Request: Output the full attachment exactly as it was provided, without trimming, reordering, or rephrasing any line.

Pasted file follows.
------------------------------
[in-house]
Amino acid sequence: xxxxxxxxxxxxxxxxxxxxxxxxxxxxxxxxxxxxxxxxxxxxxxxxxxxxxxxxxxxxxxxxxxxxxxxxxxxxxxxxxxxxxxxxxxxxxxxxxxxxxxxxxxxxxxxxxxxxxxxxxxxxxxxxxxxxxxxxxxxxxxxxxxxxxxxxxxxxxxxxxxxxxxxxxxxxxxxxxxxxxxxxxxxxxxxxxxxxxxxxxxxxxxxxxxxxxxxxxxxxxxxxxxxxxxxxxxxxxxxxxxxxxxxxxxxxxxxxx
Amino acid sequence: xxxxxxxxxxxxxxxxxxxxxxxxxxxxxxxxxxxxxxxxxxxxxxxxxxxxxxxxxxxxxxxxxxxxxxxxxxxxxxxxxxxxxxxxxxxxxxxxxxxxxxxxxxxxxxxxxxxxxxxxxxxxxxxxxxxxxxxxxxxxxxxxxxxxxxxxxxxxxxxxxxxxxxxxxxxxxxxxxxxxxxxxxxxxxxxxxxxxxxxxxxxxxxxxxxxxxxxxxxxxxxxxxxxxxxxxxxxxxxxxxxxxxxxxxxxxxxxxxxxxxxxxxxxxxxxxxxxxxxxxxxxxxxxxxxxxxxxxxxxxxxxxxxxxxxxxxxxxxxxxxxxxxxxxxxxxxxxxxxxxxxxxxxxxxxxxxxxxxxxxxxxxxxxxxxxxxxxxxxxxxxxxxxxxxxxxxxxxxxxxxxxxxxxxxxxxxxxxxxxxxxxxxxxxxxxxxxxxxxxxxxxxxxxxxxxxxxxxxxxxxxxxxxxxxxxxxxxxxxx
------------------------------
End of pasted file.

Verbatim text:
[in-house]
Amino acid sequence: xxxxxxxxxxxxxxxxxxxxxxxxxxxxxxxxxxxxxxxxxxxxxxxxxxxxxxxxxxxxxxxxxxxxxxxxxxxxxxxxxxxxxxxxxxxxxxxxxxxxxxxxxxxxxxxxxxxxxxxxxxxxxxxxxxxxxxxxxxxxxxxxxxxxxxxxxxxxxxxxxxxxxxxxxxxxxxxxxxxxxxxxxxxxxxxxxxxxxxxxxxxxxxxxxxxxxxxxxxxxxxxxxxxxxxxxxxxxxxxxxxxxxxxxxxxxxxxxx
Amino acid sequence: xxxxxxxxxxxxxxxxxxxxxxxxxxxxxxxxxxxxxxxxxxxxxxxxxxxxxxxxxxxxxxxxxxxxxxxxxxxxxxxxxxxxxxxxxxxxxxxxxxxxxxxxxxxxxxxxxxxxxxxxxxxxxxxxxxxxxxxxxxxxxxxxxxxxxxxxxxxxxxxxxxxxxxxxxxxxxxxxxxxxxxxxxxxxxxxxxxxxxxxxxxxxxxxxxxxxxxxxxxxxxxxxxxxxxxxxxxxxxxxxxxxxxxxxxxxxxxxxxxxxxxxxxxxxxxxxxxxxxxxxxxxxxxxxxxxxxxxxxxxxxxxxxxxxxxxxxxxxxxxxxxxxxxxxxxxxxxxxxxxxxxxxxxxxxxxxxxxxxxxxxxxxxxxxxxxxxxxxxxxxxxxxxxxxxxxxxxxxxxxxxxxxxxxxxxxxxxxxxxxxxxxxxxxxxxxxxxxxxxxxxxxxxxxxxxxxxxxxxxxxxxxxxxxxxxxxxxxxxxx